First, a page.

Suspect in Vanessa Guillen missing soldier case took his own life


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US Army

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Vanessa Guillen, 20, disappeared from her base in the middle of the workday

A suspect in the case of a soldier who disappeared from her Texas army base in April took his own life as police were closing in, officials say.

Private First Class Vanessa Guillen, 20, was last seen on 22 April in a car park where she worked at Fort Hood.

The suspect was an active duty soldier. Another civilian suspect is in custody.

Earlier, the Army announced a tip led investigators to discover partial human remains in an “area of interest” in the search for Ms Guillen.

The suspect was a junior soldier at Fort Hood who had fled his post yesterday, according to the Army Criminal Investigation Command.

He “displayed a weapon and took his own life” when law enforcement officials attempted to make contact.

The second suspect, a civilian, who is the estranged wife of a former soldier at the base, is in custody and awaiting charges.

Speaking at a news conference in Washington DC on Wednesday, the family called for a congressional investigation into the Fort Hood base.

“They didn’t keep my sister safe,” Ms Guillen’s sister, Lupe Guillen, said. “How can this happen at a military base?”

Ms Guillen’s family has alleged that she had been harassed by someone within her unit, but officials have said they have no report to indicate she was sexually harassed or assaulted.

The 3rd Cavalry Regiment has launched a separate investigation regarding those claims.

Mayra Guillen, another sister, said she had encountered the suspect the day after the young soldier’s disappearance. “I met him not knowing he had something to do with it.”

An attorney for Ms Guillen’s family has also said that investigators informed them the remains may belong to the missing soldier, but forensic experts have not yet confirmed it.

Army spokesman Chris Grey said the partial remains were found in an “area of interest” agents had returned to in the search for Ms Guillen.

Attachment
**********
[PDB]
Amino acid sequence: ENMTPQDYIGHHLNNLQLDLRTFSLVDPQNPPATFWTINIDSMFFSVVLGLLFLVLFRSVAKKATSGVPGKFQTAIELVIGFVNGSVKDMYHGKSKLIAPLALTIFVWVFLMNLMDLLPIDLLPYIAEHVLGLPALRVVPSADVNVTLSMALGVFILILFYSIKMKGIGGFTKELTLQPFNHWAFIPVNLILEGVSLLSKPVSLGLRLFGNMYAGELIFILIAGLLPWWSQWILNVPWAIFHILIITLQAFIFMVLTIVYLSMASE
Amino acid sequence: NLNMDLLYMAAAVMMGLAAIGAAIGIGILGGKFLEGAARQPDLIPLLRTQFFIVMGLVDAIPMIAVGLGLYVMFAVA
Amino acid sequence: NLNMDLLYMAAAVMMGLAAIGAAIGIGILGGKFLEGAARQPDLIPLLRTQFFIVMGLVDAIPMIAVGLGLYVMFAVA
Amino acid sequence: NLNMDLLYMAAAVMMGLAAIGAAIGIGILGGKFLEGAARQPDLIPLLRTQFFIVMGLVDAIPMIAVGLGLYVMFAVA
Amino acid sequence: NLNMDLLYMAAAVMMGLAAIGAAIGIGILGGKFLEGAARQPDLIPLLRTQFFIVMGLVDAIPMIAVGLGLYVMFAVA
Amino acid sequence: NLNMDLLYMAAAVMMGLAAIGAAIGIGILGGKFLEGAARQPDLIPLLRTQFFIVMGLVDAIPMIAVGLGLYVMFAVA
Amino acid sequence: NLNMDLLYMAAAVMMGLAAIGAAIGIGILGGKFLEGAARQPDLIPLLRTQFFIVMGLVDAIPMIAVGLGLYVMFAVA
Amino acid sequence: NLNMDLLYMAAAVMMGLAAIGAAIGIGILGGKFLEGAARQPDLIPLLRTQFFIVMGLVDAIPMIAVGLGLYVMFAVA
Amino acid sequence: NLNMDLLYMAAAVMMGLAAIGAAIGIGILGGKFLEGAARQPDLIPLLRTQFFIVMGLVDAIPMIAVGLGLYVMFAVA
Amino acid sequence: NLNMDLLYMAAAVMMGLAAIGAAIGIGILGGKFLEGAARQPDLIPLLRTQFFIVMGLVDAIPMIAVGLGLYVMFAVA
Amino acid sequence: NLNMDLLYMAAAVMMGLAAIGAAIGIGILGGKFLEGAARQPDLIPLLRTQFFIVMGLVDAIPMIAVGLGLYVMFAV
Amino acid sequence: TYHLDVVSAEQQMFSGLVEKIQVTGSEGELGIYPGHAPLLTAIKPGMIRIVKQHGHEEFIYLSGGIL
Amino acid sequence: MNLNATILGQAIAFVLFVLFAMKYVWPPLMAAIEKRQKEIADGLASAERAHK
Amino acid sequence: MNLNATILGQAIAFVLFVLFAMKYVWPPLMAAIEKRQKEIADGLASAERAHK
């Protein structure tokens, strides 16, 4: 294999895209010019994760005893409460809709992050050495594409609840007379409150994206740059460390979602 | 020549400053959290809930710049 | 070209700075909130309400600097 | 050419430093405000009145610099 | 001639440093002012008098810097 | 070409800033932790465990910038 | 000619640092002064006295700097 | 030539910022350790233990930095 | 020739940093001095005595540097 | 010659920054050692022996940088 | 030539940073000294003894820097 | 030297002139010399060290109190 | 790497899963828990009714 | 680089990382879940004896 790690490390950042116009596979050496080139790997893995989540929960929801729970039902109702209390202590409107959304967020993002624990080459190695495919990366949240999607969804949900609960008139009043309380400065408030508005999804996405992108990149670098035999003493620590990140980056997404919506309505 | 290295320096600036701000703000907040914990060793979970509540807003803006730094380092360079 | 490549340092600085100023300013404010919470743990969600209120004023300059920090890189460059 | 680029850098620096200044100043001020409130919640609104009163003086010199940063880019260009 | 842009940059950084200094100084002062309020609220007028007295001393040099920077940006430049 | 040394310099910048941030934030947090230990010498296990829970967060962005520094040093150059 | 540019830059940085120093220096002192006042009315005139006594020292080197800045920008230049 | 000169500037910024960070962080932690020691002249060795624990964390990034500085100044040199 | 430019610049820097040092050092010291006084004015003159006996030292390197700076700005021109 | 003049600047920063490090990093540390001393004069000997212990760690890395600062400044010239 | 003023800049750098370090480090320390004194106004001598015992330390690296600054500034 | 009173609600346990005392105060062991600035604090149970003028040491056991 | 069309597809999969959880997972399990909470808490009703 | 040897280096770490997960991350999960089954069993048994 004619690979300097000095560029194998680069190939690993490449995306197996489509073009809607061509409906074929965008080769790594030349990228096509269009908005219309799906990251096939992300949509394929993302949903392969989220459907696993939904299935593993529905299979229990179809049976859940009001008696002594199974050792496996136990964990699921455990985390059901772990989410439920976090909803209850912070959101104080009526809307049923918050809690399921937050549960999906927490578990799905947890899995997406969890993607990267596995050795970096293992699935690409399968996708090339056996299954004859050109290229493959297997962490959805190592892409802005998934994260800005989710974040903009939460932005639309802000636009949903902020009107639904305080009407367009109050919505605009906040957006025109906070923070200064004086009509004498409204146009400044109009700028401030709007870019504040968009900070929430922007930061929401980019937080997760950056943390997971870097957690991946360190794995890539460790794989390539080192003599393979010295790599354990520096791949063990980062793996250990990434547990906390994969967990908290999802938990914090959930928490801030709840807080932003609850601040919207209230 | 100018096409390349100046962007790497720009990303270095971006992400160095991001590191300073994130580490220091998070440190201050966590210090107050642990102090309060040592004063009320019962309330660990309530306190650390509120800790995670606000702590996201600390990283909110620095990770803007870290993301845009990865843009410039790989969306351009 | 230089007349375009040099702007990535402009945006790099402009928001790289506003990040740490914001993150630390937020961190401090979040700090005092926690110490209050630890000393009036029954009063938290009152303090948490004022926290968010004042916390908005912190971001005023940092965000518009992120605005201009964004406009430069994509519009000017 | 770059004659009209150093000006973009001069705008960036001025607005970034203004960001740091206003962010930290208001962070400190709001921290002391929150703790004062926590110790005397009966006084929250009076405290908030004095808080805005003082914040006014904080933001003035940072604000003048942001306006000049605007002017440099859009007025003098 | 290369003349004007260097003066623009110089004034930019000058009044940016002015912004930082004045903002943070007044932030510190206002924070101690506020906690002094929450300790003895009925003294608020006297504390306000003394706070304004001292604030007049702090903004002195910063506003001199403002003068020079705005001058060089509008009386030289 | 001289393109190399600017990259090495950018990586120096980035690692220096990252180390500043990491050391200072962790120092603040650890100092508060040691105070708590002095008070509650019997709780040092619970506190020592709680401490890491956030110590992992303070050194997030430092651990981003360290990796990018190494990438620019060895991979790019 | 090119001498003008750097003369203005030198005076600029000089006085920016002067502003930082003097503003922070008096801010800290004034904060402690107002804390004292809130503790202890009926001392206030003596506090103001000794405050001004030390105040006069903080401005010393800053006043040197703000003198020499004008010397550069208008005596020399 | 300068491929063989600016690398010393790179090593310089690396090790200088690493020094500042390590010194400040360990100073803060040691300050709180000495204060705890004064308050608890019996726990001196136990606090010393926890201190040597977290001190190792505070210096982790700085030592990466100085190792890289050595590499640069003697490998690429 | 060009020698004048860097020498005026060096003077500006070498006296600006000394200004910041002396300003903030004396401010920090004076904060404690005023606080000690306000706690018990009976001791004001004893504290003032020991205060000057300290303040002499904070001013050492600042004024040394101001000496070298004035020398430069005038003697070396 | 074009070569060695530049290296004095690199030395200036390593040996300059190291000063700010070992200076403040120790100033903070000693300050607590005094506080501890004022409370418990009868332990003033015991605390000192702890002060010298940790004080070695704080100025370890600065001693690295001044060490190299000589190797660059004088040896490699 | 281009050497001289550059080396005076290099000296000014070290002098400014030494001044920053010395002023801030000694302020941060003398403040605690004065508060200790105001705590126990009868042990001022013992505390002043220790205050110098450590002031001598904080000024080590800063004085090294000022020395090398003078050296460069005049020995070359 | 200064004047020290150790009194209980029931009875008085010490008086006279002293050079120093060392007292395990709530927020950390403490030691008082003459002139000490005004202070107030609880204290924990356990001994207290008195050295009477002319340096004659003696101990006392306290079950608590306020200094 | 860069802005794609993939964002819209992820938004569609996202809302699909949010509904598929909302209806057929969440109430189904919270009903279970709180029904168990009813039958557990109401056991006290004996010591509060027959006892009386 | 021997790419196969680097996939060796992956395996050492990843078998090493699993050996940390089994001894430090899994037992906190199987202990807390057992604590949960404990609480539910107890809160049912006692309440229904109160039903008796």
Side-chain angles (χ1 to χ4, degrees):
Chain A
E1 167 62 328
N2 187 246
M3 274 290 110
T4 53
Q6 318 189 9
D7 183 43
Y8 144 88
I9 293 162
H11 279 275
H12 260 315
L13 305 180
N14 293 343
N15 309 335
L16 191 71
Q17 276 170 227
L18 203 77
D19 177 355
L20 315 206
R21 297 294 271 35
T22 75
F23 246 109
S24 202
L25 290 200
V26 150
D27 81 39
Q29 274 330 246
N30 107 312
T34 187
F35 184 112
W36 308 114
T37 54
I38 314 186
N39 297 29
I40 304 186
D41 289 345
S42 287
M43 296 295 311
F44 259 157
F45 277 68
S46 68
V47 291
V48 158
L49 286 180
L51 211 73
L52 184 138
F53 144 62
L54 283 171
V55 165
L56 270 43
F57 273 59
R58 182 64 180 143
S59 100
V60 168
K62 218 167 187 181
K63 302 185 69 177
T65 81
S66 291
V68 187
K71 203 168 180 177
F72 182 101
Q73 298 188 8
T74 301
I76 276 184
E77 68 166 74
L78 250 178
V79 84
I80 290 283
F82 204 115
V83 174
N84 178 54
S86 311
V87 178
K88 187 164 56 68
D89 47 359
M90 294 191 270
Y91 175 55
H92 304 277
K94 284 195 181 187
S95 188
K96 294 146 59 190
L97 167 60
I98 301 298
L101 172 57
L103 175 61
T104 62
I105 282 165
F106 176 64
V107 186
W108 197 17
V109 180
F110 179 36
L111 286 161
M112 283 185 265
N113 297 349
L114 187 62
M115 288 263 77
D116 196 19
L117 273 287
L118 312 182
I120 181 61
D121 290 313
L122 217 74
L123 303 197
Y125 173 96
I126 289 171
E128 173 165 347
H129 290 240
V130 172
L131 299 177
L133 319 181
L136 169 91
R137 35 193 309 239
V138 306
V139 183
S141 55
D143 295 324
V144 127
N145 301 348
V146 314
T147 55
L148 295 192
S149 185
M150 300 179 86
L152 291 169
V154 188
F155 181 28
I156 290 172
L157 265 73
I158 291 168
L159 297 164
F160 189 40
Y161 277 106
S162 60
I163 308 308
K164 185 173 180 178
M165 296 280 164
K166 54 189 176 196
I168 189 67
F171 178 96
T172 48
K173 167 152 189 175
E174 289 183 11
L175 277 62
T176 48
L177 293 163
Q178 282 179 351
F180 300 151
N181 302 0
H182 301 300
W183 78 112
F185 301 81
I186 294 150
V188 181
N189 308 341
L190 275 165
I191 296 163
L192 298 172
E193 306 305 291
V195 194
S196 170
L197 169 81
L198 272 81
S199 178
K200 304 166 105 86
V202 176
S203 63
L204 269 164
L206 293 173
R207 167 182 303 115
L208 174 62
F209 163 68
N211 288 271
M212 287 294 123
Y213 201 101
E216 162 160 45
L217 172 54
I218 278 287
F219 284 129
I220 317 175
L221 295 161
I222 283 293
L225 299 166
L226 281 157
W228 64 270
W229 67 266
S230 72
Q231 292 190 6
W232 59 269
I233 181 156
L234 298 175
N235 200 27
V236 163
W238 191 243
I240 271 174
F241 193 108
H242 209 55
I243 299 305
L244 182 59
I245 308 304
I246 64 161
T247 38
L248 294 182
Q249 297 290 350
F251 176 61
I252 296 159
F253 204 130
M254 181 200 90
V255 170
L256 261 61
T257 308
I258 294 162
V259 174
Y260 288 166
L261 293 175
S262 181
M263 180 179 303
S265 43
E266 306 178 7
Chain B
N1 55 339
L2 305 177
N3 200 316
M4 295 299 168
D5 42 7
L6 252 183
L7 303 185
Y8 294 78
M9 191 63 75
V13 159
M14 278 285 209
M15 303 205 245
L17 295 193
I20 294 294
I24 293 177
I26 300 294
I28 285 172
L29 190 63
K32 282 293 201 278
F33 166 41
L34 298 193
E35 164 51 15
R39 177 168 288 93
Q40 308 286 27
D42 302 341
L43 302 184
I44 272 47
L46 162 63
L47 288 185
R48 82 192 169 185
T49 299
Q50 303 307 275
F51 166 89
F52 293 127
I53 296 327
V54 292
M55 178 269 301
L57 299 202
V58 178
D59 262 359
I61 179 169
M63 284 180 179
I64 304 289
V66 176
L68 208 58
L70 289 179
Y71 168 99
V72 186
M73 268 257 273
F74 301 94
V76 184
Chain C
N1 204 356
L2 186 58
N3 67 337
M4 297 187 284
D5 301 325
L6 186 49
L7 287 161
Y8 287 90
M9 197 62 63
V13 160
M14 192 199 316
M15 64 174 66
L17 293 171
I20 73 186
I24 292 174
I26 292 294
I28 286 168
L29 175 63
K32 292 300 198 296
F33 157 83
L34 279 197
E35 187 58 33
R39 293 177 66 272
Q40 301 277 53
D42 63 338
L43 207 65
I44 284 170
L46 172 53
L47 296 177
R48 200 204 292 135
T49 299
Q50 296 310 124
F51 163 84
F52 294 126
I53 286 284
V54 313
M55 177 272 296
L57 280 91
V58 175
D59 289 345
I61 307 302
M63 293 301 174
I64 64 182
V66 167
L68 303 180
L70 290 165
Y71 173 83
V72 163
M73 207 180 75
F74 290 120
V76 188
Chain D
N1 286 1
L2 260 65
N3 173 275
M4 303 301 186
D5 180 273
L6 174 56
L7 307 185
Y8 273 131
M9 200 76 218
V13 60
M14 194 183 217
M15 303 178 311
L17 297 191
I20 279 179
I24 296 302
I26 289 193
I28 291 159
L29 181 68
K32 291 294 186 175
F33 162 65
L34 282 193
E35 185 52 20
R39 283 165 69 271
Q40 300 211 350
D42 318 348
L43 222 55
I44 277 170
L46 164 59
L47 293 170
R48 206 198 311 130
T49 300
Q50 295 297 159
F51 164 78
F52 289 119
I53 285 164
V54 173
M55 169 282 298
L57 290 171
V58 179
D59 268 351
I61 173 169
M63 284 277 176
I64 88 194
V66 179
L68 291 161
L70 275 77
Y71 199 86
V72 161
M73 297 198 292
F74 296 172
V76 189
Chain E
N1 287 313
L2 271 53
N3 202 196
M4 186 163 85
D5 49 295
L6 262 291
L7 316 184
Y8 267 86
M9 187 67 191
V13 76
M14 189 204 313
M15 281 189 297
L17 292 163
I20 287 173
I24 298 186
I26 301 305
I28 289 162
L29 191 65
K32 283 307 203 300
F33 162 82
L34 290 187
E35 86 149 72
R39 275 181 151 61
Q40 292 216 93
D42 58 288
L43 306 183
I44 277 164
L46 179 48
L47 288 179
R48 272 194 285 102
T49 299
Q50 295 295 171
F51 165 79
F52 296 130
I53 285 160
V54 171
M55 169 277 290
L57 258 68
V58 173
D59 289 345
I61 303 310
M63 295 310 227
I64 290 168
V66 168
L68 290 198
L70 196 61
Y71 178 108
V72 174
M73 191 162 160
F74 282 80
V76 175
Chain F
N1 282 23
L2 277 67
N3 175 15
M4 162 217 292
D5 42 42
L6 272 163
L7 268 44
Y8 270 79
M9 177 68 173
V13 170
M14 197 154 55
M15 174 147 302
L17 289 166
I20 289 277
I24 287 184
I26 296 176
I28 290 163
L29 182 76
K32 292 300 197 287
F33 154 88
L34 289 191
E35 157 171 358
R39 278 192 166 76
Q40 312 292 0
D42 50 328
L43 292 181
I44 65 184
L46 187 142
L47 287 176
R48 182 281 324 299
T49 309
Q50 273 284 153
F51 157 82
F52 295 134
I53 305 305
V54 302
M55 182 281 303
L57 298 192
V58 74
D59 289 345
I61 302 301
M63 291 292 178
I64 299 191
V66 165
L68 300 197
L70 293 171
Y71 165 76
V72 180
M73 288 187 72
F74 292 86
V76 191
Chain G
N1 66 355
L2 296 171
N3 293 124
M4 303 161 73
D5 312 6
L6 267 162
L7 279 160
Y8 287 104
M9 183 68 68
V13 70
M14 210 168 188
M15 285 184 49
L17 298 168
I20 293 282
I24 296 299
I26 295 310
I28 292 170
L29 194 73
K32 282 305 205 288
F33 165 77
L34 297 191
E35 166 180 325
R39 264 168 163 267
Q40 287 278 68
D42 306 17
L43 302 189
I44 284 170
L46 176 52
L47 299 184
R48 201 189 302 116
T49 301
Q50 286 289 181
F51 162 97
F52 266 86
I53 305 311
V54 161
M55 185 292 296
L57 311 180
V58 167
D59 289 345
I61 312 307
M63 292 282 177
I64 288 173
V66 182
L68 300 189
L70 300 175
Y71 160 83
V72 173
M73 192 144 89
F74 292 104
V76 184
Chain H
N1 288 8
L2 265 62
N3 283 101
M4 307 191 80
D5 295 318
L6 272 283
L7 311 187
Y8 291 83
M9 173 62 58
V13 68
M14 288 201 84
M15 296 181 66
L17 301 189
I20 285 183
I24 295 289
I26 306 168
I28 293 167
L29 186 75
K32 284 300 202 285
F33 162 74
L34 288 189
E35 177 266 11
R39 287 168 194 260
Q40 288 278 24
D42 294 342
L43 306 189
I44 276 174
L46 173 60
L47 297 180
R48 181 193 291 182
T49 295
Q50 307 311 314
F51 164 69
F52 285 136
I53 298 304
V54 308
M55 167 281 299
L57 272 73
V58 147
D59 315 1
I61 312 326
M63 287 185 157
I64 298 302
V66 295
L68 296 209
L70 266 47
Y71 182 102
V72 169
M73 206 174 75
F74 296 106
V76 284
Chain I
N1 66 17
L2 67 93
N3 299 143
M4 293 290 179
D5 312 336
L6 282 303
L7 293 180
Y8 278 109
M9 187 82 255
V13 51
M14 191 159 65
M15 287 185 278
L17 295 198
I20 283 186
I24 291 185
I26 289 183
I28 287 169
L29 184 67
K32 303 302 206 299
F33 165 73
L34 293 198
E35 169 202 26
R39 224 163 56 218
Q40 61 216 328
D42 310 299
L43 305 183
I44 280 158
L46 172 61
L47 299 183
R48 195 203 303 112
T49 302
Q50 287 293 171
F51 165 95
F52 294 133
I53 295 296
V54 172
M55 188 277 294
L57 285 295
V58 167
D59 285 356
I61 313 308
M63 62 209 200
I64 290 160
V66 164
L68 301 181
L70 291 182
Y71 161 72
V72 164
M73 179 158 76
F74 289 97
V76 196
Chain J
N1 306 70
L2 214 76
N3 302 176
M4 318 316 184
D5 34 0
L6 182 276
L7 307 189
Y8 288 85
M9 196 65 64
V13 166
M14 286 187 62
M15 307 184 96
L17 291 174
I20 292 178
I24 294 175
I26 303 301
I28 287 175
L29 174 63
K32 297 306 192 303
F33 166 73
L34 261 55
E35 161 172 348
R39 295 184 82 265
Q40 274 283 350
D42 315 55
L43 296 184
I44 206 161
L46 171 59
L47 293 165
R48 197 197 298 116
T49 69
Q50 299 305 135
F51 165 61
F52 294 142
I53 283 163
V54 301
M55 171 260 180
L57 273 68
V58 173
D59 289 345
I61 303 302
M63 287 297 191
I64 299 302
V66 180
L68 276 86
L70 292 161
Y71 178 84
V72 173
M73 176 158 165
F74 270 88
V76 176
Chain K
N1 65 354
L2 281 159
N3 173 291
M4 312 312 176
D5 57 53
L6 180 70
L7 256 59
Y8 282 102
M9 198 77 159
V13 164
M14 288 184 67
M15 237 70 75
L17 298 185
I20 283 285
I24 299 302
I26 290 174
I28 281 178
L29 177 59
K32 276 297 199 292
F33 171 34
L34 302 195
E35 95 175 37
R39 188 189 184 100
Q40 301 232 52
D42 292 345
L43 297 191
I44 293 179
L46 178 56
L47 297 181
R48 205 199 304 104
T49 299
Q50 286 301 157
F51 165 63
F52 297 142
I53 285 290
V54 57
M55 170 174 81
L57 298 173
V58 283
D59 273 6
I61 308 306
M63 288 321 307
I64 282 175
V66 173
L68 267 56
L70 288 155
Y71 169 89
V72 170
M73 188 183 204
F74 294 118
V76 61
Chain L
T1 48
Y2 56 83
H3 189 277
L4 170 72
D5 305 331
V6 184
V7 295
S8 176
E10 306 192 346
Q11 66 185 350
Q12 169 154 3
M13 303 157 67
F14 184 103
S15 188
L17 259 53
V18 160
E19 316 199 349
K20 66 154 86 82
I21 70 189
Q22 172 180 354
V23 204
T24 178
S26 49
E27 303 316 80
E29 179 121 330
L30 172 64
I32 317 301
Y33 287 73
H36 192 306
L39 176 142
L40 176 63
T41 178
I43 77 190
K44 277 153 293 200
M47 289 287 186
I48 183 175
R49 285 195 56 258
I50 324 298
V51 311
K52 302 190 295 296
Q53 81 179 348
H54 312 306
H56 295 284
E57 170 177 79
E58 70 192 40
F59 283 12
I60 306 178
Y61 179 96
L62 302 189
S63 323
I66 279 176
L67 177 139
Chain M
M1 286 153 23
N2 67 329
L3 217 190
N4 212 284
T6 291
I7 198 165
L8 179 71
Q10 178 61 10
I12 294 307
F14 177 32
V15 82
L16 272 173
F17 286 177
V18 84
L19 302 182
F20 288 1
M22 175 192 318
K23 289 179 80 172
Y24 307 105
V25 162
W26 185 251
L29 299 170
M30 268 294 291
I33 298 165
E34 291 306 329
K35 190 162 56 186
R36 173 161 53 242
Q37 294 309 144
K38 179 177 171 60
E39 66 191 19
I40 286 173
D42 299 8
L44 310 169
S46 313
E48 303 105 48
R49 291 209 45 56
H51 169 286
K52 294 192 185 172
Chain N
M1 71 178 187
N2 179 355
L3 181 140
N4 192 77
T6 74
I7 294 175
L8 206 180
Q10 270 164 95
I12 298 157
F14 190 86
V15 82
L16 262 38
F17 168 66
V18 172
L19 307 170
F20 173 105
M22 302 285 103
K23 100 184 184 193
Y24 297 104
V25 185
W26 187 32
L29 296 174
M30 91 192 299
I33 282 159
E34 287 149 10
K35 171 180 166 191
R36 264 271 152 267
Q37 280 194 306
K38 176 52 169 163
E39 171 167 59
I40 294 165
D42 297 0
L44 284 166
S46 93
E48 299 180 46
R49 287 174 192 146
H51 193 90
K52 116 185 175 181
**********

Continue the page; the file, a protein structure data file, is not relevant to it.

“No confirmation as to the identity of the remains has been made at this point and we ask for the media and public’s understanding that the identification process can take time,” Mr Grey said.

Agents from the US Army Criminal Investigation Command, Texas Rangers, FBI and local police revisited the site, near the Leon River about 30 miles (48km) from Fort Hood due to a tip.

“After receiving additional information, agents have discovered what has been described as partial human remains after analysis from a forensic anthropologist.”

The remains were found in a shallow grave.

Ms Guillen, a small-arms repairer with the 3rd Cavalry Regiment, is originally from Houston, Texas – about 200 miles (320km) from Fort Hood.

After her disappearance around noon on 22 April, Ms Guillen’s car and barracks keys, ID card and wallet were found in the armoury room where she had been earlier that day.

Her disappearance prompted rallies in Fort Hood and her native Houston.

A Texas state legislator who has been working with Ms Guillen’s family told reporters last week Army officials suspected “foul play” in the case.

“The question is who, what and when,” the lawmaker, Sylvia Garcia, said. “And we’ve been reassured that they’re going to do everything they can, they will leave no stone unturned until they find Vanessa.”

The Army Criminal Investigation Command had increased the reward for information concerning her disappearance to $25,000 (£20,000) earlier this month.



BBC